Investigation findings ( .PDF )
Neither Douglas County Commissioner Bob Johnson nor Mayor Sue Hack will face charges that they violated the state's conflict of interest laws by owning a piece of a company to which the city and county offered financial incentives.
The Kansas Attorney General's Office has found that there's not enough evidence to pursue a case against Hack and that Johnson's ownership interest in Deciphera Pharmaceuticals is not of the type that puts him in jeopardy of violating the conflict of interest laws.
Both Hack and Johnson said they weren't surprised by the findings but were glad the issue is over. If they had been found to have violated the conflict of interest law, they could have been forced to resign their elected position.
"I think now the question has been asked and answered," Hack said. "I hope that we can move on."
Grassroots Action satisfied
The issue stemmed from the city and county's efforts to keep Deciphera Pharmaceuticals - a Lawrence-based start-up - from leaving the community. The city, county and other groups had put together a package of economic incentives for the company totaling more than $1 million over a 10-year period.
A citizens group - Grassroots Action - began raising questions about the deal because both Hack and Johnson have ownership interests in the company. Grassroots Action leaders said they were concerned that Hack and Johnson had violated a state law prohibiting elected leaders from making or participating in the making of a contract with a company that they own.
But on Tuesday, David Smith - president of Grassroots Action - said he was willing to live with the findings of the attorney general's office.
"The attorney general's office is competent to make these findings," Smith said. "I can't really see what more can be examined. We have to trust that the attorney general's office looked at all the pertinent information."
Findings on Hack
The attorney general's investigation - led by Assistant Attorney General Barry Disney - came up with two sets of findings.
For Hack, the investigation found that there was insufficient evidence that she had advocated for the approval of the package of financial incentives. The investigation notes that Hack did attend a closed-door executive session on the matter, but the law doesn't prohibit her from attending the meeting. It only prohibits her from advocating a position on the issue. The investigation turned up no evidence of Hack taking a position. The executive session meeting was not recorded, nor were any minutes taken.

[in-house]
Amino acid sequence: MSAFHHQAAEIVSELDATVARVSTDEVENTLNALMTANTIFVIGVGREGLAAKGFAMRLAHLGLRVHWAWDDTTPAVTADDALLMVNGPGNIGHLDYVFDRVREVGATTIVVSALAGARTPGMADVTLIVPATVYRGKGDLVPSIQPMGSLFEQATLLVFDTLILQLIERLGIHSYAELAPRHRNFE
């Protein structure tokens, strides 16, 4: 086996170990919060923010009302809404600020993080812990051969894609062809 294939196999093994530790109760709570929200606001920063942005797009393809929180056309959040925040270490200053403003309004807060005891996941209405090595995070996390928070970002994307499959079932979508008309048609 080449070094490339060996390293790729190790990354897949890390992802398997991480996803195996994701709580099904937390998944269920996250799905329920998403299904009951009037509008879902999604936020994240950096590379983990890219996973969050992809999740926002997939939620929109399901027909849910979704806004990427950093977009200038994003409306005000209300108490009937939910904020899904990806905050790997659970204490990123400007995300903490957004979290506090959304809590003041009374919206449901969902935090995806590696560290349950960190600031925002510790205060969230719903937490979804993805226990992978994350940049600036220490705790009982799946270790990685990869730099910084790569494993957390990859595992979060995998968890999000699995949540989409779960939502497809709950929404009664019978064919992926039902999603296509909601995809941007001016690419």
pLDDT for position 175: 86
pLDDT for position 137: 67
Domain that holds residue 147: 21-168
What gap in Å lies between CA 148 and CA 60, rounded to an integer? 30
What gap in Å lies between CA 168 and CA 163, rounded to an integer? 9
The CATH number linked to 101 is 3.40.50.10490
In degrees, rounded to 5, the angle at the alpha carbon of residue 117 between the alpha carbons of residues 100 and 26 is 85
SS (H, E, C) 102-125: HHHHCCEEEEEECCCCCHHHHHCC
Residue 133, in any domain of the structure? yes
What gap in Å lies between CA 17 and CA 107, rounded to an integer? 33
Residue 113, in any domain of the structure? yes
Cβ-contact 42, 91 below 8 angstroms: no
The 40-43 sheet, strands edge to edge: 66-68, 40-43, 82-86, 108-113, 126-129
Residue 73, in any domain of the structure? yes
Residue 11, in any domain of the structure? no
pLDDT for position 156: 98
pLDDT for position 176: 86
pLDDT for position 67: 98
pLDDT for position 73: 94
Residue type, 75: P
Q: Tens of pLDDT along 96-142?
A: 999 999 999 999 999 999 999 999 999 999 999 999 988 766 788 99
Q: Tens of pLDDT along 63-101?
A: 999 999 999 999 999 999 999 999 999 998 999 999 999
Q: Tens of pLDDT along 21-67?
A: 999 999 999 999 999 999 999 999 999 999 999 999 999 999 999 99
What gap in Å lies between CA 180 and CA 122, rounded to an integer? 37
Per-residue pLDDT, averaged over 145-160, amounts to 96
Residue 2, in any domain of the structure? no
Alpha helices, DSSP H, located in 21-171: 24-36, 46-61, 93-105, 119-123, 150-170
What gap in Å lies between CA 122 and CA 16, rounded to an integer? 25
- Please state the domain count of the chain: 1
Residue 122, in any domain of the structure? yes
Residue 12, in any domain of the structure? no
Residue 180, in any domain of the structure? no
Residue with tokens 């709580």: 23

There also had been allegations of Hack attending other city staff-level meetings on the topic. The investigation held open the possibility that she attended other meetings where the issue was discussed, but again found no evidence that she advocated a position.
As the attorney general's office had noted in a previous investigation on the matter, Hack's attendance at any meeting where the issue was discussed "contributed to the appearance of impropriety."
Hack reiterated Tuesday that in no meeting or other gathering did she urge that the incentive package be approved or provide direction on how it should be structured. Instead, she said she received only briefings on the process.
Findings on Johnson
In Johnson's case, the investigation found that he does not have a legally defined "substantial interest" in Deciphera. Instead, Johnson owns a 50-percent stake in a partnership called J&S; Holdings. J&S; Holdings has an $8,200 interest in DEC Investors, which has an ownership interest in Biochenomix. Biochenomix, in turn, has an ownership interest in Deciphera.
The state law defines a "substantial interest" in a company as being a direct ownership interest, not ownership through a series of partnerships. Johnson had listed on his state-mandated statement of substantial interest that he owned a portion of Deciphera. But the attorney general's investigation found that he was not legally required to report any relationship he had with Deciphera, and was entitled to vote and offer opinions on the deal. Johnson did advocate for the approval of the incentives package.
"I was under no obligation to disclose it at all, but if I hadn't, I was concerned it would have created the appearance of impropriety," Johnson said. "I didn't want to have the accusation that I was hiding anything. But I'm sorry that it became the thing that it did."
Hack on Tuesday said she believes she is legally in the same situation that Johnson is in. She said her ownership interest in Deciphera is through a partnership very similar to Johnson's. She, however, had not provided that detailed information to the attorney general's office, she said.